New Read: Resthaven

At the end of September, I decided to continue my Autumn themed reading for the R.eaders I.mbibing P.eril XII event with the young adult thriller Resthaven by Erik Therme; which had been on my Kindle for too long!

As the new kid in town, Kaylee feels isolated and awkward, so the last thing she wants to do is go to a sleepover with girls she barely knows, let alone likes. Things only get worse when it turns out the queen bee Jamie has arranged a scavenger hunt inside the old abandoned retirement home, Resthaven, which sits right on the edge of town. After an explosive argument the girls all split off separately around the dark empty building…but Kaylee soon discovers that they’re not alone and to top it off the front doors have been mysterious padlocked from the outside! Now Kaylee must find everyone and try to find another way out before it’s too late.

Our narrator Kaylee is joined on this disastrous scavenger hunt by the sensitive Anna, who invited her, the silent Wren, the ditzy Sidney and the bullying Jamie. The problem was I didn’t really like any of them! As stereotypical teenage girls they were all hormonal and seemed to take it in turns to be selfish, thoughtless, insensitive and downright hurtful to each other, including our heroine Kaylee. So sadly I can’t say I found myself rooting for any of them!

Fortunately, Therme has written a tight story with pacey action scenes, twists and turns, and an element of surprise or two. Therefore I certainly wasn’t left bored and I was drawn to keep reading to find out more. As we read on we also learn more of the back stories of each girl, which does help to explain their current behaviour and attitudes, even if it doesn’t completely justify them. Plus of course there is the other person/s in the locked building with them that adds tension, mystery and a real sense of danger.

So overall, shame about the characters but otherwise I thought Resthaven was an easy-to-read, fast paced, young adult thriller which I just zipped through. It was also a very good fit for the R.I.P event. Okay read.

Thank you to the author for providing a copy of this book in exchange for my honest opinion.

Have you read this? Or anything else for the R.I.P event?

R.eaders I.mbibing P.eril XII – 2/4

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New Books: September & October 2017

Hello my fellow bookworms, as I didn’t manage to squeeze in a post last month, here are the goodies I added to my bookshelf and Kindle in September and October:

Sense and Sensibility by Jane Austen

First in September, I finally managed to get my hands on a lovely Headline Review copy of this, which completes my beautiful pastel Austen set.

Queen of Love by Christopher Nicole

Seven Sovereign Queens by Geoffrey Trease

Then I was happy to snap up a free copy of Queen of Love, the second Eleanor of Aquitaine novel, and a bargain copy of Seven Sovereign Queens, which I am particularly excited about after loving Seven Stages, both from Endeavour Press’ e-newsletters.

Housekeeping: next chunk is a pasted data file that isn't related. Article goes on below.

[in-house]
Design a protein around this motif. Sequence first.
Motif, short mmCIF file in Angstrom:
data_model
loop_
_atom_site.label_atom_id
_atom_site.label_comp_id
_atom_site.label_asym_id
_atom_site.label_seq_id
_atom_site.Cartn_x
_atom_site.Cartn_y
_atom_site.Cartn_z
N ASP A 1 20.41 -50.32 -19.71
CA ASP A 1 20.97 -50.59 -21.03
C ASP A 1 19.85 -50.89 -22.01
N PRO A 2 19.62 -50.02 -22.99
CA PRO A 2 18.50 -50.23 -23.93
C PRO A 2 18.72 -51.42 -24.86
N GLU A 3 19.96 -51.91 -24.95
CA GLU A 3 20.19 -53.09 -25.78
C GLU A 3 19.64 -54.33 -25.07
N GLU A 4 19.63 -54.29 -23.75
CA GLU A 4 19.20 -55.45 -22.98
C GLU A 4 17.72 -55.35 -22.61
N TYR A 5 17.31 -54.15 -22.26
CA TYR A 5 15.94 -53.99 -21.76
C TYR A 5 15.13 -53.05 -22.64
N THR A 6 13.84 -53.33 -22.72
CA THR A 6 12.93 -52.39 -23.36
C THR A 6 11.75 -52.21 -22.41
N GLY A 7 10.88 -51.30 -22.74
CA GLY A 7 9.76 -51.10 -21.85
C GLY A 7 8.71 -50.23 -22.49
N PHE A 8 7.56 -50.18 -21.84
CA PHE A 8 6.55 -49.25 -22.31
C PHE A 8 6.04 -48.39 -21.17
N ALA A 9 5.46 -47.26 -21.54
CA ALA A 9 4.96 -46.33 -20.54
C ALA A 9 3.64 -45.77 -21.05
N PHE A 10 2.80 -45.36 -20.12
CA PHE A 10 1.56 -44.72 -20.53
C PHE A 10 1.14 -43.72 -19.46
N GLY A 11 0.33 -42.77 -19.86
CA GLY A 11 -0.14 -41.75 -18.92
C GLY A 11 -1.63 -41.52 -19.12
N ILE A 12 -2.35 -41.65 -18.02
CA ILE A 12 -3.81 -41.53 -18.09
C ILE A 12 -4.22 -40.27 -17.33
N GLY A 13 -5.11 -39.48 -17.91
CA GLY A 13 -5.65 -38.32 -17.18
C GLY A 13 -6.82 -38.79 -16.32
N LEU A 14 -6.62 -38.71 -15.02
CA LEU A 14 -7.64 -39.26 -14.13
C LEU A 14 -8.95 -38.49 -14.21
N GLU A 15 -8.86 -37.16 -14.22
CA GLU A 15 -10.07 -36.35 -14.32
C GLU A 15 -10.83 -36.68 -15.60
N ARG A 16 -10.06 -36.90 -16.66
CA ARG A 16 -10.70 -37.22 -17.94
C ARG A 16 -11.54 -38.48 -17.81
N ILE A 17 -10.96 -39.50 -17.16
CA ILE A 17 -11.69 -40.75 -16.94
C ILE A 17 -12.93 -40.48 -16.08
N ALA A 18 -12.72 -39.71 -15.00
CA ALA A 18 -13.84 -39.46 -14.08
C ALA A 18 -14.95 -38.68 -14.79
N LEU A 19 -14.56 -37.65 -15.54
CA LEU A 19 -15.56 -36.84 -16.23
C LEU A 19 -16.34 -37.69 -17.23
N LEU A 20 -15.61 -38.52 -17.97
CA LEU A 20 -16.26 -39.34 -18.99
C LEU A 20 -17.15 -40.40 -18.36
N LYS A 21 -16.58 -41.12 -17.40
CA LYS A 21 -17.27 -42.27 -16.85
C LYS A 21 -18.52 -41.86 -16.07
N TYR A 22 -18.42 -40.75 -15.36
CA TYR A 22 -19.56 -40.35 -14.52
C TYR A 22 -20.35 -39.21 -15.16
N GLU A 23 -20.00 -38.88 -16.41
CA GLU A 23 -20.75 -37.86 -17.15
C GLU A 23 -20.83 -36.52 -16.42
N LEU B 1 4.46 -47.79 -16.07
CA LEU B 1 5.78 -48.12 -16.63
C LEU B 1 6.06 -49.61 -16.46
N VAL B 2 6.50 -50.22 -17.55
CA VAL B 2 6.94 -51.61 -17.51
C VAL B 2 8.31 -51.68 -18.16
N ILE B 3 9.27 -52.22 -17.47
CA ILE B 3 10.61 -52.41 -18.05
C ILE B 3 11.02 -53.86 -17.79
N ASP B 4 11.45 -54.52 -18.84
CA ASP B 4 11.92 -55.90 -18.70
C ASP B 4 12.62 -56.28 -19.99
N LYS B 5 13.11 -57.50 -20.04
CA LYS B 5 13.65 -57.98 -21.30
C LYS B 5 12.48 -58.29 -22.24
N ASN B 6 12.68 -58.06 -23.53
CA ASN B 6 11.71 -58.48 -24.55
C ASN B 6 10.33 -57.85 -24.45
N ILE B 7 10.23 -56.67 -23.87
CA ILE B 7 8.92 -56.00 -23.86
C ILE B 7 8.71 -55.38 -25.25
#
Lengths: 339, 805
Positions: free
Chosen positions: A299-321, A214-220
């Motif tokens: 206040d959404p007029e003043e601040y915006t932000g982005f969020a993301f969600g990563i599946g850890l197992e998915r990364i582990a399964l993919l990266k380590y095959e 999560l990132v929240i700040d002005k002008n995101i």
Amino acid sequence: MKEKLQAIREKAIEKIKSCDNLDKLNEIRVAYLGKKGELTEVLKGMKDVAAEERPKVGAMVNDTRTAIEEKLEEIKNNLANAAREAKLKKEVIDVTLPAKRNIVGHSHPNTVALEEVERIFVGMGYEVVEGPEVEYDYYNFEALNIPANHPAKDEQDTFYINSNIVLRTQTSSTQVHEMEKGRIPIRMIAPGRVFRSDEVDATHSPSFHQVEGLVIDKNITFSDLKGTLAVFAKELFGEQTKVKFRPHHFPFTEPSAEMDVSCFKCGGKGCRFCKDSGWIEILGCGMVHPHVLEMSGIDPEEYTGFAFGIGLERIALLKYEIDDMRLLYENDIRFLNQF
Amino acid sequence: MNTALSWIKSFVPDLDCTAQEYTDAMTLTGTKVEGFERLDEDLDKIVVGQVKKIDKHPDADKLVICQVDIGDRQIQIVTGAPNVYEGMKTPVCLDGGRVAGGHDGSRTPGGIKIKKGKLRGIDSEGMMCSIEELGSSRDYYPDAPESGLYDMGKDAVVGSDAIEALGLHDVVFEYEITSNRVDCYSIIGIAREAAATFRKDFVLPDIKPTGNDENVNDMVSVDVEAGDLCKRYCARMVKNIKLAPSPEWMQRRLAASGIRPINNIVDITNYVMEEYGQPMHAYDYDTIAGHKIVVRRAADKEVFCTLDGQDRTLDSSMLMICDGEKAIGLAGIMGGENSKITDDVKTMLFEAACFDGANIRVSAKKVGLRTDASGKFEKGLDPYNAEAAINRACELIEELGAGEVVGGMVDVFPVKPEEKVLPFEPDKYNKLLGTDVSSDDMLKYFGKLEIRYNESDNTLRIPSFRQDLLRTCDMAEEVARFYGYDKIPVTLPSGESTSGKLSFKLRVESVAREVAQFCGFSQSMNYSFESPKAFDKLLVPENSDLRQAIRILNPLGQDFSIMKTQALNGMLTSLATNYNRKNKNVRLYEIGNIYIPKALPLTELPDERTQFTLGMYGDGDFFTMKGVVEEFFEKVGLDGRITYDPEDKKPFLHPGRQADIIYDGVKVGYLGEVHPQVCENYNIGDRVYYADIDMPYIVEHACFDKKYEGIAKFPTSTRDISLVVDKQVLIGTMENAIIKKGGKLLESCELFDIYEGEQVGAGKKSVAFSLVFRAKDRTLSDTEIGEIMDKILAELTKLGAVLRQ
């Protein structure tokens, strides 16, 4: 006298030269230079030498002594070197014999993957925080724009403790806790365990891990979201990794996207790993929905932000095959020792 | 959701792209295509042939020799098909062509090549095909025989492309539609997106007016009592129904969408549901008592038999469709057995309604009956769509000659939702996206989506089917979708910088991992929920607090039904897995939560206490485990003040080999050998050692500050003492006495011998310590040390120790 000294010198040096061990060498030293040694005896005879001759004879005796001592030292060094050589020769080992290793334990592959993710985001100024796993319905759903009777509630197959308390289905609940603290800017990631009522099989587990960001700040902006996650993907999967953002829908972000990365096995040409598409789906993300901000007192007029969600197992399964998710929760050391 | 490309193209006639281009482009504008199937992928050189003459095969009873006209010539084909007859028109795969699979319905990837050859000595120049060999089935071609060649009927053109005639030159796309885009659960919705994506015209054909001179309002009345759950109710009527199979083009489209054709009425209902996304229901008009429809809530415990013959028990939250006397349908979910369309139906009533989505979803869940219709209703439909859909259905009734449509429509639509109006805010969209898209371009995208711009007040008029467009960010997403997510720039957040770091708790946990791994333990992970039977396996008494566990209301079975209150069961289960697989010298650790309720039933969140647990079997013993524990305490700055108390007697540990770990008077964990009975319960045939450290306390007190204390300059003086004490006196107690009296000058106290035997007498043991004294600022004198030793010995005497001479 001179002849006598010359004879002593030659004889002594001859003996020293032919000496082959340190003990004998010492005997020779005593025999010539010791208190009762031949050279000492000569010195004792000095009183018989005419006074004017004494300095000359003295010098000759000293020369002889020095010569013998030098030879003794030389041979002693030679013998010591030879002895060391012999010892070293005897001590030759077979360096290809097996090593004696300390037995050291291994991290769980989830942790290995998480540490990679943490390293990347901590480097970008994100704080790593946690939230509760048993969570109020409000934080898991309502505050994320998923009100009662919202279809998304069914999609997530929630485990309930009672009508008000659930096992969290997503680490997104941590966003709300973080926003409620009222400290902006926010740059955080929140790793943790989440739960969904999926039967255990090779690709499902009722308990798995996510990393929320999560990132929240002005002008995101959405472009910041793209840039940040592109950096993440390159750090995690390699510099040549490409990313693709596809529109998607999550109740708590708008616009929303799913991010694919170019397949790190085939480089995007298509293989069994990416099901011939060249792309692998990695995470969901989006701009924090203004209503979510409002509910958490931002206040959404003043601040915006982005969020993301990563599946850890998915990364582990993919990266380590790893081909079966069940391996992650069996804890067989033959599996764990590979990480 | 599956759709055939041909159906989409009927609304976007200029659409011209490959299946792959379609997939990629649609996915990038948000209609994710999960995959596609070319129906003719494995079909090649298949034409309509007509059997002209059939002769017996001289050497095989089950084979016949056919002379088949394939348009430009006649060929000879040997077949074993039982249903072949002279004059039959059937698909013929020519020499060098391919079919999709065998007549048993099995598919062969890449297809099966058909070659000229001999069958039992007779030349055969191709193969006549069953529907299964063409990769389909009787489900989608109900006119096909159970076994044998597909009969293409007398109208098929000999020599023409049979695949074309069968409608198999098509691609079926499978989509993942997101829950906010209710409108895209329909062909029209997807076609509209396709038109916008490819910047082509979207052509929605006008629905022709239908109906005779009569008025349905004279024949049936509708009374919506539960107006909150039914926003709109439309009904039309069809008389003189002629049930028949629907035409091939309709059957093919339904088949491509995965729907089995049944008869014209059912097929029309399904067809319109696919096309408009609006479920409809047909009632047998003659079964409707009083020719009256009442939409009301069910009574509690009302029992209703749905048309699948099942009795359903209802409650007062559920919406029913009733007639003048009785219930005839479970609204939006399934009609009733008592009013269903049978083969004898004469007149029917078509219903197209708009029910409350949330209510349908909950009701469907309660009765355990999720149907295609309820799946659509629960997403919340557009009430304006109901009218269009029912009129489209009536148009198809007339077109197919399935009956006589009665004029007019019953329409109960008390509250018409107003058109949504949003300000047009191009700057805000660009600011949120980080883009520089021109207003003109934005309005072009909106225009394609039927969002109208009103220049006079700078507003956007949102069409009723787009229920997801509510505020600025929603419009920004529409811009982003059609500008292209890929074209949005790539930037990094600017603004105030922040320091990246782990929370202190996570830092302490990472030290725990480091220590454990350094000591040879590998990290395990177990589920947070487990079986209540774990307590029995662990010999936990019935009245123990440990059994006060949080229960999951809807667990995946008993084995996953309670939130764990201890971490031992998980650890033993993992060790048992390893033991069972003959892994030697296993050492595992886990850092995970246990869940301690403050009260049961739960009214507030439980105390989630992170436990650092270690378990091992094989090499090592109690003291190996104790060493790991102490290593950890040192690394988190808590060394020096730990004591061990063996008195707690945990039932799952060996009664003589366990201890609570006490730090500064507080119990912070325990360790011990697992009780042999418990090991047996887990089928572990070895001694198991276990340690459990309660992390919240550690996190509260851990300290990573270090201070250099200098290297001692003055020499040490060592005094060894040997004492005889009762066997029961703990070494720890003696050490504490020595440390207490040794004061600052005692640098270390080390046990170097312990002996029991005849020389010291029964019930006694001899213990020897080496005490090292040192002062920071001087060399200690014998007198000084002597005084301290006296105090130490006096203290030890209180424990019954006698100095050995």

Aaru by David Meredith

River Rising by John A. Heldt

Finally, in September, I was contacted and received review copies of David Meredith’s new young adult novel Aaru and John A. Heldt’s new time-travel novel River Rising, the first in Heldt’s new Carson Chronicles. Previously I have enjoyed both these authors, so I am looking forward to trying more.

The Ivy Tree by Mary Stewart

Thunder on the Right by Mary Stewart

Touch Not the Cat by Mary Stewart

Madam, Will You Talk? by Mary Stewart

Nine Coaches Waiting by Mary Stewart

The Prince and the Pilgrim by Mary Stewart

Moving on to this month, I could barely contain my excitement when I found five of Mary Stewart’s suspense novels and one of her Arthurian Saga novels all in the Kindle 99p sale on Amazon (UK)! So I had to get them all … right?!

Crazy Busy by Kevin Deyoung

Seeking Allah, Finding Jesus by Nabeel Qureshi

Finally, this month, I bought these two Christian non-fictions in anticipation of the long-awaited return of my church’s book club. Up first is Crazy Busy for the November meeting.

Do you fancy any of these? What new books have you got recently?

New Read: Agatha Raisin and the Murderous Marriage

After enjoying four comforting re-reads, I was excited to read new-to-me Agatha Raisin and the Murderous Marriage by M C Beaton, the fifth book in Beaton’s long-running, cosy-crime series. (If you are unfamiliar with this author and series you may instead want to read my thoughts on the first book: Agatha Raisin and the Quiche of Death).

Our smart dressing, retired-PR executive Agatha Raisin believes all her dreams are about to come true, as the morning of her marriage to James Lacey dawns bright and clear. However before the service can be completed, Agatha’s presumed dead husband, Jimmy Raisin, turns up very much alive and kicking! In embarrassment James storms off and Agatha is left mortified. Things are only to get worse though, when Jimmy is discovered dead the next morning, Agatha and James are the prime suspects. So they will have to reluctantly work together again to catch the real murderer to clear their names.

Our formerly sharp, bossy and cajoling Agatha has reached her lowest point ever. Now embarrassed and heart sore she cares little for maintaining her usual immaculate appearance and strong outer persona, which in fact only makes her more endearing to the reader, her friends and secretly even James Lacey too. Personally not being a huge fan of the distant James, I wasn’t all that bothered when the marriage was stopped, but I was upset when the young Detective Sergeant Wong’s head is turned by the ambitious Detective Constable Maddie Hurd; who he believes is the one?! Fortunately, Mrs Bloxby is as steadfast and lovely as ever!